Commentary by Dr. Valentin Fuster
Mechanical Engineering. 1998;120(11):76-77. doi:10.1115/1.1998-NOV-4.
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This article discusses that event-simulation software can help engineers improve the safety of a military transport vehicle, while reducing the number of prototypes and shortening the design cycle. US Army's Tank and Automotive Command (TACOM) unit brought the truck's frame design to AM General with recommendations for a rollover protection structure. The AM General design team created plans for a T-shaped configuration to be added to the original truck frame that would protect occupants during a rollover accident. AM General stress analyst performed finite element analysis with Mechanical Event Simulation, including both Linear and Nonlinear Stress Analysis software from Algor Inc. of Pittsburgh. When the prototype asses its laboratory test, AM General will immediately manufacture an additional 20 units for both physical and field testing. This may include an armored variant for field testing in Bosnia, an area with rugged topography. TACOM plans to modify other M 939/A1 / A2 series trucks on an as-needed basis; they will install the rollover protection structures on trucks in use where conditions like rough terrain make rollover accidents more likely.

Commentary by Dr. Valentin Fuster
Mechanical Engineering. 1998;120(11):78-80. doi:10.1115/1.1998-NOV-5.
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This article explores a set of inner and outer brush seals capable of bidirectionally restricting flows in a wave rotor, which has been successfully fabricated and tested. Advantages cited for the wave rotor include enhanced efficiency, rotor material temperatures lower than the peak gas temperatures, lower speed rotation with reduced stress, simple robust construction, and rapid transient response. A cross-sectional view of the rotor shows the cavities and placement of the brush seals. No definitive tests were undertaken during the break in stage or during the testing; thus, one can only conclude that the bristles wore significantly, and the rotor coating showed little evidence of tracking other than being highly polished with some spottiness. Some powder debris was found in the exhaust port. The principles of bidirectional brush design can be applied to all brush configurations, providing bidirectional capability, controlled seal stiffness/damping, bristle spread, flutter, protection from foreign object damage, and a double labyrinth-orifice at essentially the same cost as a conventional brush seal construction.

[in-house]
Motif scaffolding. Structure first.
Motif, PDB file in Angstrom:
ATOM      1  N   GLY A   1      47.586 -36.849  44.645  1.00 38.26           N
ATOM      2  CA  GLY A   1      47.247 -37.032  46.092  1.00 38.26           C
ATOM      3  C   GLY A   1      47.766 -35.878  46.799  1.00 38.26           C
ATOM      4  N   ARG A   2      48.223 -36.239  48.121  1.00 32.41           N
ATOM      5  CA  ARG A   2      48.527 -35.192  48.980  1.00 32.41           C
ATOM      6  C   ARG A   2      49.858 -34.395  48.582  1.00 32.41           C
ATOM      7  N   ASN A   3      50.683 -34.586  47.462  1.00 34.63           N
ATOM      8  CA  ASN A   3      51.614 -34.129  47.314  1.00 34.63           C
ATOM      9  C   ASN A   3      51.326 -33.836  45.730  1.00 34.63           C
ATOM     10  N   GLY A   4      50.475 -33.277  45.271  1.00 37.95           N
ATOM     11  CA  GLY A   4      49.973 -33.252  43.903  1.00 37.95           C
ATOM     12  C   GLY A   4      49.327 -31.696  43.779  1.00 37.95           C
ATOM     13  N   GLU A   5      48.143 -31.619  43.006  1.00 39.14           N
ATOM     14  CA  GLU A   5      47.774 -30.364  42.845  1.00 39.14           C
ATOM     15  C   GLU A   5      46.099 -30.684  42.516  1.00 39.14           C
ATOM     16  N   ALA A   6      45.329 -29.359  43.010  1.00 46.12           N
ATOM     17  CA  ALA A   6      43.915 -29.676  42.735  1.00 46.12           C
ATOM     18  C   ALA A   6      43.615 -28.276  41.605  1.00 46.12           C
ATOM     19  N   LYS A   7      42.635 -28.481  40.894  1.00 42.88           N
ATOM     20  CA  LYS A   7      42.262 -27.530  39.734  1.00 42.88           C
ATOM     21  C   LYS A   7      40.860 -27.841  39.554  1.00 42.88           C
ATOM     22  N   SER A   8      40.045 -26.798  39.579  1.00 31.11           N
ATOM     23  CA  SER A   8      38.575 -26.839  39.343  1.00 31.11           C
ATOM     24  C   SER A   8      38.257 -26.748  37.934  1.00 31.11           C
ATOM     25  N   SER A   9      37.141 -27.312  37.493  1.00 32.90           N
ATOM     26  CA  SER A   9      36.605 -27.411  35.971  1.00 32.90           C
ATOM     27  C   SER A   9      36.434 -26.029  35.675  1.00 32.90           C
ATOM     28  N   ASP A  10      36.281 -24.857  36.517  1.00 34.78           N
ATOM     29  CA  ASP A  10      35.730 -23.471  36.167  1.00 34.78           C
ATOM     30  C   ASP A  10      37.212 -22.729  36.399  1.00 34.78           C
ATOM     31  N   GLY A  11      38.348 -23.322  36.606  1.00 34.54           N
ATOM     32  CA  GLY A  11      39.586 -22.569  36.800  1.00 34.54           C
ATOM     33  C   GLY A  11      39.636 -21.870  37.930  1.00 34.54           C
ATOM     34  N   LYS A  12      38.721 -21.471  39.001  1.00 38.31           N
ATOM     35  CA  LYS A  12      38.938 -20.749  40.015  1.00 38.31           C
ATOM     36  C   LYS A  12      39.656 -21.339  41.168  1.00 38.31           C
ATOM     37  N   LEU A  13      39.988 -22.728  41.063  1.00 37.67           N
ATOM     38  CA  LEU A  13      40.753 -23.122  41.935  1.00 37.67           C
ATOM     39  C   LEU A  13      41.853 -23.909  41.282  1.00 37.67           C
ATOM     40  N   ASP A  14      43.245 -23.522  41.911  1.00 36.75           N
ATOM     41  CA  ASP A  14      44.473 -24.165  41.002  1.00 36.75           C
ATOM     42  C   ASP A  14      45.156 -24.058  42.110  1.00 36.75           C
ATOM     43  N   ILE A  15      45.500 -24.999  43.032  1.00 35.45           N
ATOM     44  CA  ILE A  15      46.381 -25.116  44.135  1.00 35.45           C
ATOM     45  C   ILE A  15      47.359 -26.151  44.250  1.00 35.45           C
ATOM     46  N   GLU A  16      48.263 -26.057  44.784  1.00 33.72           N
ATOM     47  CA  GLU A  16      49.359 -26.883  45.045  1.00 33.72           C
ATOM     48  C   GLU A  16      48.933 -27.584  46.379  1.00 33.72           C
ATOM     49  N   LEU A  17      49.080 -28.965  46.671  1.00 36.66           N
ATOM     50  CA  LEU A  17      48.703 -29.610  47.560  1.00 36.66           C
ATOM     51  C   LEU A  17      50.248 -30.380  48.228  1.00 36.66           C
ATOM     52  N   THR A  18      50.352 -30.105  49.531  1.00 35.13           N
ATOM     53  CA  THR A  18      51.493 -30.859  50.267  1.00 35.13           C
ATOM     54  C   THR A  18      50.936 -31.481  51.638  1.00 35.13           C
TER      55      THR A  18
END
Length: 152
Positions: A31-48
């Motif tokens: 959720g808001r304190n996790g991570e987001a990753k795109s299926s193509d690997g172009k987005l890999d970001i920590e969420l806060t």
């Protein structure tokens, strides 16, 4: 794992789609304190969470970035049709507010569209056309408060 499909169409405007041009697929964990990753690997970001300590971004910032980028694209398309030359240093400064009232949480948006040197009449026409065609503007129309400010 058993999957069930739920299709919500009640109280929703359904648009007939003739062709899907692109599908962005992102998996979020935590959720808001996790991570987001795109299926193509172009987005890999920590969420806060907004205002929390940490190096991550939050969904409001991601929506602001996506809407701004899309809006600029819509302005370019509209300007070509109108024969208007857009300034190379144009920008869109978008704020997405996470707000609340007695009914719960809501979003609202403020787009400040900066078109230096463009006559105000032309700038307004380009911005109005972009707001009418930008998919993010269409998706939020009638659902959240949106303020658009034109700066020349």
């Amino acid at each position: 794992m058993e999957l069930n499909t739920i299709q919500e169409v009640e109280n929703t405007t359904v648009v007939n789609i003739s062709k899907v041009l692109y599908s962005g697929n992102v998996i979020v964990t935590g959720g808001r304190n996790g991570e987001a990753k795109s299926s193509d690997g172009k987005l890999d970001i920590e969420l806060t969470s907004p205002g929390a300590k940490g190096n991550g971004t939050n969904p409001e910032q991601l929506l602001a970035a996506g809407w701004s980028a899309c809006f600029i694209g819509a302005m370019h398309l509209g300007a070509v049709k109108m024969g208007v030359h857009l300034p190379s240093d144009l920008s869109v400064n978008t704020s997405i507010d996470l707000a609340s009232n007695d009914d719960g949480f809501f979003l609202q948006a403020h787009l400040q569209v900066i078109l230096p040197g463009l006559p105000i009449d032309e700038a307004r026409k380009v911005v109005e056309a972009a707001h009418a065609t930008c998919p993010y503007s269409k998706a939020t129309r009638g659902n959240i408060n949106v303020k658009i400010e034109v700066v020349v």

Commentary by Dr. Valentin Fuster
Mechanical Engineering. 1998;120(11):82-83. doi:10.1115/1.1998-NOV-6.
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This article illustrates that while crash analyses have been carried out with success, a crush analysis is much more difficult to achieve. In a crash analysis, the inertia effects smooth out the nonlinearities and deficiencies in the solution algorithms. In a crush test, it takes about 10 to 30 seconds to crush the car to the required maximum displacement of the steel plate. Since the critical time step for explicit time integration in a crash code is on the order of microseconds, millions of time steps must be used to perform the analysis in a physically correct manner. With sufficient numerical experimentation, involving changes to the load application speed and perhaps to other parameters, LSDYNA results can be obtained that would match laboratory test results, but such experimentation requires a lot of time and computational effort. A solution that corresponds to the actual physical conditions and is computationally efficient is much more desirable. Such a computed solution is given above for a Ford Taurus model. The calculated crush results obtained with ADINA using implicit integration compare favorably with the laboratory test results.

Commentary by Dr. Valentin Fuster